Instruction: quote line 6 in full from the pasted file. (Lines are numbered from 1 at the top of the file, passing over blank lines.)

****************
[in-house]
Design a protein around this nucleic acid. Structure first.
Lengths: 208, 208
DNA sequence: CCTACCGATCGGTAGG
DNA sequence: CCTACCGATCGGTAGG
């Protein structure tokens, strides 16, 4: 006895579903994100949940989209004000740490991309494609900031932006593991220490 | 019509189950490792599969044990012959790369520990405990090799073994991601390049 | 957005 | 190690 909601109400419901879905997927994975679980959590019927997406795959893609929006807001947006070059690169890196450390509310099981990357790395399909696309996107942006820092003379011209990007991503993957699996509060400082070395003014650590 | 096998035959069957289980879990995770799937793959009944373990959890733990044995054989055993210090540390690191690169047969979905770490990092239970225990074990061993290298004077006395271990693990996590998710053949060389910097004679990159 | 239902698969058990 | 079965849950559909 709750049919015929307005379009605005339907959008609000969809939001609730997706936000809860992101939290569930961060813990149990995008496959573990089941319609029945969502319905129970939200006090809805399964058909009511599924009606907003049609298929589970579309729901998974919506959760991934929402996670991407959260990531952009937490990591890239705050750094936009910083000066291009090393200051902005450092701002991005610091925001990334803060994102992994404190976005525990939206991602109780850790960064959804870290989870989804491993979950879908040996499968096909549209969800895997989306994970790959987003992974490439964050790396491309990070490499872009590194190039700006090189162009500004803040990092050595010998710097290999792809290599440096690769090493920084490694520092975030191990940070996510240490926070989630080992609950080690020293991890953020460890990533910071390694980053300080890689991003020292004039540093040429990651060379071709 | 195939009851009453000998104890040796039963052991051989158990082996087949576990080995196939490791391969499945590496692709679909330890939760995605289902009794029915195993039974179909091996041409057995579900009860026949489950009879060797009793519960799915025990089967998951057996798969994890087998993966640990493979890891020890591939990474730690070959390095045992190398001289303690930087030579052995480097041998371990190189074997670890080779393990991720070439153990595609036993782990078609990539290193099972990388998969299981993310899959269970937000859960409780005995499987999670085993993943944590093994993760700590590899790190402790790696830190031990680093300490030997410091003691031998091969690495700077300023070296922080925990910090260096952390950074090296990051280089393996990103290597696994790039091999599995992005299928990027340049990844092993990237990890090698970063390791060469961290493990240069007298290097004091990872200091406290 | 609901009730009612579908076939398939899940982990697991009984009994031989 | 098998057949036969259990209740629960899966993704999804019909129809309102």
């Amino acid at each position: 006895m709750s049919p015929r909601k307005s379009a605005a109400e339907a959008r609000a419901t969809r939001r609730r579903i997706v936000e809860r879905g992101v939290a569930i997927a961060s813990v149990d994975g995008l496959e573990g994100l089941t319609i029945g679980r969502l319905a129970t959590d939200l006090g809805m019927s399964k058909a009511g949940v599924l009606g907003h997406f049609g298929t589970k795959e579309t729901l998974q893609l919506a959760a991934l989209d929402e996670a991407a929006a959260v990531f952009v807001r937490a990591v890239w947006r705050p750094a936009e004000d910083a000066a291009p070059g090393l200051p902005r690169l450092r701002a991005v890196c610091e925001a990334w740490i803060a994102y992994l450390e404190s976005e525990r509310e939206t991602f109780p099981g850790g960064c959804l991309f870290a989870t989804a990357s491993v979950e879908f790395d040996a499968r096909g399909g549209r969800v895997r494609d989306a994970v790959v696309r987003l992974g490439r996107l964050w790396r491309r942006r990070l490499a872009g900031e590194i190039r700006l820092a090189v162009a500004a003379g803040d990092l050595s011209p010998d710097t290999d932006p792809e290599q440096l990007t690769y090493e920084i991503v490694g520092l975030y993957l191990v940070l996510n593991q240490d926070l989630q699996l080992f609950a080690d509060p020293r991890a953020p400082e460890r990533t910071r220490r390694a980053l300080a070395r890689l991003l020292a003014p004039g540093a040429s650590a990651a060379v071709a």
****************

């Protein structure tokens, strides 16, 4: 006895579903994100949940989209004000740490991309494609900031932006593991220490 | 019509189950490792599969044990012959790369520990405990090799073994991601390049 | 957005 | 190690 909601109400419901879905997927994975679980959590019927997406795959893609929006807001947006070059690169890196450390509310099981990357790395399909696309996107942006820092003379011209990007991503993957699996509060400082070395003014650590 | 096998035959069957289980879990995770799937793959009944373990959890733990044995054989055993210090540390690191690169047969979905770490990092239970225990074990061993290298004077006395271990693990996590998710053949060389910097004679990159 | 239902698969058990 | 079965849950559909 709750049919015929307005379009605005339907959008609000969809939001609730997706936000809860992101939290569930961060813990149990995008496959573990089941319609029945969502319905129970939200006090809805399964058909009511599924009606907003049609298929589970579309729901998974919506959760991934929402996670991407959260990531952009937490990591890239705050750094936009910083000066291009090393200051902005450092701002991005610091925001990334803060994102992994404190976005525990939206991602109780850790960064959804870290989870989804491993979950879908040996499968096909549209969800895997989306994970790959987003992974490439964050790396491309990070490499872009590194190039700006090189162009500004803040990092050595010998710097290999792809290599440096690769090493920084490694520092975030191990940070996510240490926070989630080992609950080690020293991890953020460890990533910071390694980053300080890689991003020292004039540093040429990651060379071709 | 195939009851009453000998104890040796039963052991051989158990082996087949576990080995196939490791391969499945590496692709679909330890939760995605289902009794029915195993039974179909091996041409057995579900009860026949489950009879060797009793519960799915025990089967998951057996798969994890087998993966640990493979890891020890591939990474730690070959390095045992190398001289303690930087030579052995480097041998371990190189074997670890080779393990991720070439153990595609036993782990078609990539290193099972990388998969299981993310899959269970937000859960409780005995499987999670085993993943944590093994993760700590590899790190402790790696830190031990680093300490030997410091003691031998091969690495700077300023070296922080925990910090260096952390950074090296990051280089393996990103290597696994790039091999599995992005299928990027340049990844092993990237990890090698970063390791060469961290493990240069007298290097004091990872200091406290 | 609901009730009612579908076939398939899940982990697991009984009994031989 | 098998057949036969259990209740629960899966993704999804019909129809309102």